Aid from the US Government

    Please note that the US government student assistance programs, including the Pell Grant, Stafford and PLUS loans, and work-study programs, are not available to international students. However aid may be available from the US government for students from specific countries. Your best bet for finding out if there is any financial aid from the US for students from your country is to contact your embassy, the US Department of State, and the US Information Agency. You should also write to the Agency for International Development, Office of International Training, Washington, DC 20523 or contact Geebee Education.
    class=”table table-bordered table-striped”Aid from US Educational Institutions Financial aid for international undergraduate students is extremely rare. Foreign graduate students have significantly more opportunities for financial aid than foreign undergraduate students. The amount of financial aid for foreign graduate students is very limited. For more information, please see the list of schools with financial aid for international undergraduate students. Some US schools have direct exchange programs with their counterparts in foreign countries. Such exchange programs often include financial aid for the international student. To find out about these programs, ask your local university. International students who intend to enroll in a graduate or postdoctoral program at a US University should contact the schools that interest them. Ask the relevant departments and the university’s Financial Aid Office about financial aid for international students. Most support for graduate study in the US by international students is provided by the schools themselves in the form of teaching and research assistant ships. These assistant ships are based on academic merit, not financial need. The school will probably require you to pass the Test of Spoken English (TSE) to qualify for a teaching assistant ship. Financial aid is not available for English as a Second Language courses, so you should have a TOEFL (iBT) score of at least 105 to qualify for financial aid. If all else is equal, the student with the better English skills will get the financial aid.

     Aid from Private US Organizations and Sponsors

    There is very little financial aid for international students available from private sources, such as foundations and individual sponsors.

     Assistance from Your Family

    You may most likely have to rely on your own assets, your parent’s money, and contributions from relatives.

     Schools with Financial Aid for International Undergraduate Students

    Some US schools are more likely than others to offer financial aid for international undergraduate students. The lists below indicate which schools offer aid (including grants, loans, and jobs) to the largest numbers of international students. The lists are based on a list compiled by Douglas C. Thompson, Associate Vice President for Enrollment, The Culinary Institute of America. For inclusion, the schools must have an average award that is greater than 1/5 of the cost of attendance. The financial aid may include grants, loans, and jobs, and often includes both merit and need-based awards. Within each group, schools are listed alphabetically. If a school is not listed here, it probably does not have much financial aid for international students.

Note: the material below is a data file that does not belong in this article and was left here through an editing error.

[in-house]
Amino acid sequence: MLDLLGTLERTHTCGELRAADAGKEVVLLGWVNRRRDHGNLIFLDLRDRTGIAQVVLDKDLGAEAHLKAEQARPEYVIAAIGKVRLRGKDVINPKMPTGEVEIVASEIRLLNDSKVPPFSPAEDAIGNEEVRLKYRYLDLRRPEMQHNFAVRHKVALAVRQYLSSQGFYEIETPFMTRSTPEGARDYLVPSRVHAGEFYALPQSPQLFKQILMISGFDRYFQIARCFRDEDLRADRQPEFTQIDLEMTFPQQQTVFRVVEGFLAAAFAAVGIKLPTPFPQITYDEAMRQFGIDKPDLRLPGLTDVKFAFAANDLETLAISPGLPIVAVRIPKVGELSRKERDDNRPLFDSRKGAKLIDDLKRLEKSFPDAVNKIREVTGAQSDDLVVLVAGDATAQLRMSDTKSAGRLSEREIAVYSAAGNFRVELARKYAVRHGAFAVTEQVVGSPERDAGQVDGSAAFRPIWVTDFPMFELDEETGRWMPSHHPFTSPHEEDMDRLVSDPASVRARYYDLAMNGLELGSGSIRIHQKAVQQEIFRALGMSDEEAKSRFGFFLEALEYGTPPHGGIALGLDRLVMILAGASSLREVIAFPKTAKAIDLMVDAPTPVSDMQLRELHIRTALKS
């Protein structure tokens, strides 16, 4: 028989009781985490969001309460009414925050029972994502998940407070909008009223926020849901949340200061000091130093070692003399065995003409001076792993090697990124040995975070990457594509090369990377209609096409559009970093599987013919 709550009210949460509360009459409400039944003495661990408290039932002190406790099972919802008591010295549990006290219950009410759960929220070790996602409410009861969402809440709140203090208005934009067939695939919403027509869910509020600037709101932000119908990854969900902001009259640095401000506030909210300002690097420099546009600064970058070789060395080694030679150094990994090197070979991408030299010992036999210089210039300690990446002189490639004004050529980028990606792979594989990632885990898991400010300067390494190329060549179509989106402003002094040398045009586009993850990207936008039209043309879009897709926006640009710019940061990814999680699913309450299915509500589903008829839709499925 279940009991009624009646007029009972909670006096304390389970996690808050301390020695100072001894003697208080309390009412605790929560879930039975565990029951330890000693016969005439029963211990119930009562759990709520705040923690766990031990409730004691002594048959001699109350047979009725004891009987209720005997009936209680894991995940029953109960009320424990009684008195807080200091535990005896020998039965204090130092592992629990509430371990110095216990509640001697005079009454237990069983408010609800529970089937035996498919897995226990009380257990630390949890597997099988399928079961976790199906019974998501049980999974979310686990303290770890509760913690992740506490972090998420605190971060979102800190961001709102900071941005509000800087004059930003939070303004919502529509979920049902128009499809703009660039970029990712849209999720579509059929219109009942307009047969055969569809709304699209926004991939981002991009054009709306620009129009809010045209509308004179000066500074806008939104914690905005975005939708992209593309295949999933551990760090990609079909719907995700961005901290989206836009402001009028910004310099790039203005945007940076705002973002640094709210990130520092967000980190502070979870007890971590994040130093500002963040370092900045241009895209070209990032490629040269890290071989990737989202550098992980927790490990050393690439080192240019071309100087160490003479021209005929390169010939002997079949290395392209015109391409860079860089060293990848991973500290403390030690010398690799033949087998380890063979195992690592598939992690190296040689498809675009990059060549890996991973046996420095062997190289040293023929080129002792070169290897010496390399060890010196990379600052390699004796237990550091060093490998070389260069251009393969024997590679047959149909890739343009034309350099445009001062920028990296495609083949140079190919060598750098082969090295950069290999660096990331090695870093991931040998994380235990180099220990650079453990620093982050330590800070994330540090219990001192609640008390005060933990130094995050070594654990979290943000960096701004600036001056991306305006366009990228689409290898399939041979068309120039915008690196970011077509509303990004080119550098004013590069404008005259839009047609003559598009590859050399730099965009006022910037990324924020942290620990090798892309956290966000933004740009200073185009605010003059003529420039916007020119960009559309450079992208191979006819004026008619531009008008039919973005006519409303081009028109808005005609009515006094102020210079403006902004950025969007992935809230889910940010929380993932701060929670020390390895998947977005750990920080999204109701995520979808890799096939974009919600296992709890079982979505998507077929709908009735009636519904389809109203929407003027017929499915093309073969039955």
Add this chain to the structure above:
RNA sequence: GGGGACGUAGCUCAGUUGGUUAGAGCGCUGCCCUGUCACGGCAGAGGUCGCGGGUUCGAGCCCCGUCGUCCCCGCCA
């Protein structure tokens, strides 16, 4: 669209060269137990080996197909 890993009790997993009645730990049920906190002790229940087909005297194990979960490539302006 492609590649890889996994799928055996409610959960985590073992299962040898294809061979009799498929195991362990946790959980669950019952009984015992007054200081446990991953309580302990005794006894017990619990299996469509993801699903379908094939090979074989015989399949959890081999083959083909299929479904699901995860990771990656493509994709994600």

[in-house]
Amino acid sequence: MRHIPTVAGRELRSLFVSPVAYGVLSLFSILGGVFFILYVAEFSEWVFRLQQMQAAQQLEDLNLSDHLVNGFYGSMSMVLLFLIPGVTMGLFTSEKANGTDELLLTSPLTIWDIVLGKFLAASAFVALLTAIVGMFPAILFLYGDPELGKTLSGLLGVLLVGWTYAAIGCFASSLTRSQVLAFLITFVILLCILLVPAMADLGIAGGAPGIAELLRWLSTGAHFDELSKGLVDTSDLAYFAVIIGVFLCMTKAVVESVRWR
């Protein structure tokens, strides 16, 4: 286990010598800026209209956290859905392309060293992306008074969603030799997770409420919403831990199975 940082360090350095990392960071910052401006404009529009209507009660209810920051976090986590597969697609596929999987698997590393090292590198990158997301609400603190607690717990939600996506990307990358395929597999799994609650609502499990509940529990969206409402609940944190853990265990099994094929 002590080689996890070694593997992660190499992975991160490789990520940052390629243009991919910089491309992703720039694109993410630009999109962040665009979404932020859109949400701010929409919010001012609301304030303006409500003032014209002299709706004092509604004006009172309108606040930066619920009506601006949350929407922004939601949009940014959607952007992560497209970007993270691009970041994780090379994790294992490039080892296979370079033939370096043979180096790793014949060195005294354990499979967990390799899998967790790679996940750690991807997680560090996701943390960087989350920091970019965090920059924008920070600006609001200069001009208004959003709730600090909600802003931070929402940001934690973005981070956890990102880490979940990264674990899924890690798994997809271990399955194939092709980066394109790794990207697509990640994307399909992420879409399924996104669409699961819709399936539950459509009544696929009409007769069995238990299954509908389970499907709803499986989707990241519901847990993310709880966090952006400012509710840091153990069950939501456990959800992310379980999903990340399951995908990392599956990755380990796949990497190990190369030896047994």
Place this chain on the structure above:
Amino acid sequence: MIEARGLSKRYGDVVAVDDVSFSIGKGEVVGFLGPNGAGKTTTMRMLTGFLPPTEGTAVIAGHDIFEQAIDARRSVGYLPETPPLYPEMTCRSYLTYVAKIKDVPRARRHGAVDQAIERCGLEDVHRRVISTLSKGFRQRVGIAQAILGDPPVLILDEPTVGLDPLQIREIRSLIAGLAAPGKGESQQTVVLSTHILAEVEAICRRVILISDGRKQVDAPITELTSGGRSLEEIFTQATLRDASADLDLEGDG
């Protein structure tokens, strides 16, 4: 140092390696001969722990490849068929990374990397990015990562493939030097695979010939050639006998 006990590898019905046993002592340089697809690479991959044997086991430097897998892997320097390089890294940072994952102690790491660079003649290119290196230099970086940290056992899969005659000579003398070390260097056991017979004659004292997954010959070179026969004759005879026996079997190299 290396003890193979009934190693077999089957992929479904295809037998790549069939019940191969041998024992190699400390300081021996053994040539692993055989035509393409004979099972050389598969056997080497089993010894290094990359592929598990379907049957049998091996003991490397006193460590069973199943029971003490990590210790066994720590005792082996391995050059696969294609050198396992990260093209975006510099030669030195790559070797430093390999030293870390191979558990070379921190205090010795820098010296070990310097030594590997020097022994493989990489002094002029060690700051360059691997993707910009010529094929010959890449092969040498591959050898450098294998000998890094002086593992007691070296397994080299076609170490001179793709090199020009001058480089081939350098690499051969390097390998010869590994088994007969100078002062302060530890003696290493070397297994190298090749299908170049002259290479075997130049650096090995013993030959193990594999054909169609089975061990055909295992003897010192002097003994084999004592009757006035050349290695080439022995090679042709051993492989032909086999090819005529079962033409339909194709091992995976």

Schools with Awards to More than 150 Students
    Arizona State University (AZ)Illinois Inst. of Tech. (IL)Ohio Wesleyan Univ. (OH)
    Barry University (FL)Liberty Univ. (VA)Princeton (NJ)
    Clark Univ. (MA)Louisiana State Univ.Univ. of Bridgeport (CT)
    Eastern Michigan Univ. (MI)Macalester College (MN)Univ. of Houston (TX)
    Barry University (FL)Macalester College (MN)Univ. of Pennsylvania (PA)
    Clark Univ. (MA)Marquette Univ. (WI)Univ. of South Florida (FL)
    Grinnell College (IA)MIT (MA)
    Harding Univ. (AR)Mount Holyoke College (MA)
    Mount Holyoke College (MA)
    Schools with Awards to 100 – 149 Students
    Brown Univ. (RI)Graceland College (IA)Stanford (CA)
    Calvin College (MI)Luther College (IA)Texas Christian Univ. (TX)
    College of Wooster (OH)Middlebury College (VT)Tri-State Univ. (IN)
    Dartmouth (NH)Northeast Louisiana (LA)Univ. of Miami (FL)
    Dordt College (IA)Oberlin (OH)Univ. of Rochester (NY)
    Eckerd College (FL)Savannah Coll. of Art (GA)Yale (CT)
    Florida Inst. of Tech. (FL)Slippery Rock Univ. (PA)
    Georgia Southern Univ. (GA)Smith College (MA)
    Schools with Awards to 50 – 99 Students
    Abilene Christian Univ. (TX)George Wash. Univ. (DC)Rochester Inst. of Tech. (NY)
    Allegheny College (PA)Goshen College (IN)St. Augustine’s College (NC)
    Augsburg College (MN)Houghton College (NY)St. Johns College (MD)
    Beloit College (WI)Julliard School (NY)St. Lawrence Univ. (NY)
    Bethany College (WV)OKnox College (IL)Lake Forest College (IL)
    Brandeis Univ. (MA)Lawrence Univ. (WI)St. Olaf College (MN)
    Bryn Mawr College (PA)Lewis & Clark (OR)Trinity College (CT)
    California Lutheran (CA)Lynn Univ. (FL)Tulane Univ. (LA)
    Cleveland Inst. of Music (OH)Maharishi Intl. Univ. (IA)Univ. of Maine (ME)
    Colby College (ME)Monmouth College (IL)Univ. of Wisc./Eau Clair (WI)
    Columbia Univ. (NY)North Park Univ. (IL)US International Univ. (CA)
    Concordia Coll. (MN)Principia College (IL)Washington College (MD)
    Washington Univ. (MO)
    Washington Univ. (MO)
    Wesleyan Univ. (CT)
    Western Maryland Coll. (MD)
    WWittenberg Univ. (OH)
    Schools with Awards to 15 – 49 Students